By Ariel Schwartz
As you probably have noticed, there is a growing economy made up of people and companies that share things (time, expertise, car rides, solar panels, bikes, etc.). Does a peer to peer car-sharing startup like RelayRides deserve to be in the same category--commonly called the sharing economy--as a solar-leasing company like Sunrun? Maybe not. But there's no denying the larger industry-spanning trend of what Sunrun calls "disownership."
The company even has data to prove it. In February 2013, Sunrun conducted a study of 2,252 adults in the U.S. ages 18 and up to see how they felt about disownership. The study found that 52% of Americans have rented, borrowed, or leased the kinds of items that people usually own in the past two years. At the same time, 83% said they would share these items if they "could do so easily."
I have long used many of the available sharing economy services--it's easy to do in San Francisco, which created the country's first Sharing Economy Working Group to ensure that companies don't get tangled up in regulation (something that happens often in other cities, and even in San Francisco to a certain extent). But Sunrun's study reveals that the trend goes beyond coastal and urban hotspots. In the Midwest, 46% of respondents said that they plan to borrow, lease, or rent items that are traditionally owned over the next two years. 50% of respondents in the South said the same thing.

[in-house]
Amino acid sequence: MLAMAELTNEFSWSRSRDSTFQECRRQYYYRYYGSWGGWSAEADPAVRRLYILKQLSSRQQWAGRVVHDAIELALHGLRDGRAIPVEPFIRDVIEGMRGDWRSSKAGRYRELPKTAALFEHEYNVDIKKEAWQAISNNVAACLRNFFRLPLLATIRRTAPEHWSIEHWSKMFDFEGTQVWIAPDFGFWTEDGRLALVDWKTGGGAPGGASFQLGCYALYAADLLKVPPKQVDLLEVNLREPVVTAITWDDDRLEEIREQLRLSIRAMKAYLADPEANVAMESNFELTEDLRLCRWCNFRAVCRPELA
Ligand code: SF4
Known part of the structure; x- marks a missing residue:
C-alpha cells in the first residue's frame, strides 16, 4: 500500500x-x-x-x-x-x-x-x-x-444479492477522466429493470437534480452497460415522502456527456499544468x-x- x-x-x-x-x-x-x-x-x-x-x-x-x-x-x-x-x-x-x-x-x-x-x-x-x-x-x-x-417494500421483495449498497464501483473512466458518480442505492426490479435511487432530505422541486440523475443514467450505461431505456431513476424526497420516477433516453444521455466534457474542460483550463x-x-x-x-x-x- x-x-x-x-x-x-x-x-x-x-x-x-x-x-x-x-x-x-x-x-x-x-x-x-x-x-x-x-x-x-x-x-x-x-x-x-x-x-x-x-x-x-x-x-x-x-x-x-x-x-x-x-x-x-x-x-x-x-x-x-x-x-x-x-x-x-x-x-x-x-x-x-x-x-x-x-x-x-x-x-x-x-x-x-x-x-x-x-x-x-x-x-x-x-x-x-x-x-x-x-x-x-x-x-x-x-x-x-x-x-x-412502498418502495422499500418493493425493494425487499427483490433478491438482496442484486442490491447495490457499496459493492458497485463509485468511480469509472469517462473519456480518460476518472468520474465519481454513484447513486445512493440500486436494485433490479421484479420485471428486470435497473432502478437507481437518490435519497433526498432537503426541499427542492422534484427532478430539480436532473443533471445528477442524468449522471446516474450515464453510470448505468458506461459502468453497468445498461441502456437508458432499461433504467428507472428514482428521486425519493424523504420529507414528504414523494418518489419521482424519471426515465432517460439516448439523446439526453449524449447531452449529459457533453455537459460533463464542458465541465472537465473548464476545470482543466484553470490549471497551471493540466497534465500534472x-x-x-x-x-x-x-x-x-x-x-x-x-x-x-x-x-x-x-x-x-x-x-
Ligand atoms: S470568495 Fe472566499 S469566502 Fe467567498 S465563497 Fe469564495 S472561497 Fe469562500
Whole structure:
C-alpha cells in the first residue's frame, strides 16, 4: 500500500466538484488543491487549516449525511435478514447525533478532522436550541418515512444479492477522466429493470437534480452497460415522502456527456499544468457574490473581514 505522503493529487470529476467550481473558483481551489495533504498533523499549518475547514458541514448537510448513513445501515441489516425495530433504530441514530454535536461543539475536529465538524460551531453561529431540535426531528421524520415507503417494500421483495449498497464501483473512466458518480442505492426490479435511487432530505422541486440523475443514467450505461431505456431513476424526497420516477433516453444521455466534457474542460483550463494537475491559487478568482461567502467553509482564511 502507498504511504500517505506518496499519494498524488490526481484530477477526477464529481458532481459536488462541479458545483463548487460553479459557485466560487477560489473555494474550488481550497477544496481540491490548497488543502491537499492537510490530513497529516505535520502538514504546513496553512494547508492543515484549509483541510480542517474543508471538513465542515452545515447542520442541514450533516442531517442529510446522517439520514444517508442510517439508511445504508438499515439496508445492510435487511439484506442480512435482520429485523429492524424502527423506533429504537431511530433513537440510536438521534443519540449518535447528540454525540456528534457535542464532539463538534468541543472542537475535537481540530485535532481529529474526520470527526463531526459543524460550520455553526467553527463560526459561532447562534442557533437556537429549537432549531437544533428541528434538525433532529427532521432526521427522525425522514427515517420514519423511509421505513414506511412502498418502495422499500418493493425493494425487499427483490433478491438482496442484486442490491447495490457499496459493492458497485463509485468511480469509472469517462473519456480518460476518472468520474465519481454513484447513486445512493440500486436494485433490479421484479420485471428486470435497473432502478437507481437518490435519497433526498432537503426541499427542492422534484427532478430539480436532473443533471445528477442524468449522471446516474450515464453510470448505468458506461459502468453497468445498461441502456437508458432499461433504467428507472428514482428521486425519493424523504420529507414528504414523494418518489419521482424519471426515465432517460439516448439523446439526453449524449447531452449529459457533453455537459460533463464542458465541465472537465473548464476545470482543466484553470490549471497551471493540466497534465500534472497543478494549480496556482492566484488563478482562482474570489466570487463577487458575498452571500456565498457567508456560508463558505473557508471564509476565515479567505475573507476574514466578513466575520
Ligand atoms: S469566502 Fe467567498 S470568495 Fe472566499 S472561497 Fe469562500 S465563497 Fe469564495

The trend spans age groups as well. One in four respondents ages 55 and older say they're more likely to borrow, lease or rent items than they were in the past two years. "I think that's really good news for us," says Bill Stewart, VP of customer care at Sunrun.
Stewart has a few ideas about why the sharing trend is taking off now: "I think people are saying there are a lot of things that don't make sense to own anymore. Not owning your solar system wasn't an option before Sunrun was invented. A lot of this is powered by technology and smart people using financial models well. Because of things like social media, it becomes a lot easier to feel confident about renting a room or apartment from someone you don't know." Disownership's growth can be traced back to a combination of new technology, ingenuity, and the explosion of social media, which makes it easer to create trust-based communities. A down economy doesn't hurt, either.
Regardless of whether certain companies get shut down or pushed out of cities for raising the ire of traditional industries (i.e. Uber, Lyft, and Sidecar versus the taxi industry), the trend will continue. As Stewart notes, "We've always been in a culture where more is more, and suddenly we're in a culture where less is a better quality of life. It's pretty revolutionary."
Copyright 2013 by Fast Company. Reprinted with permission.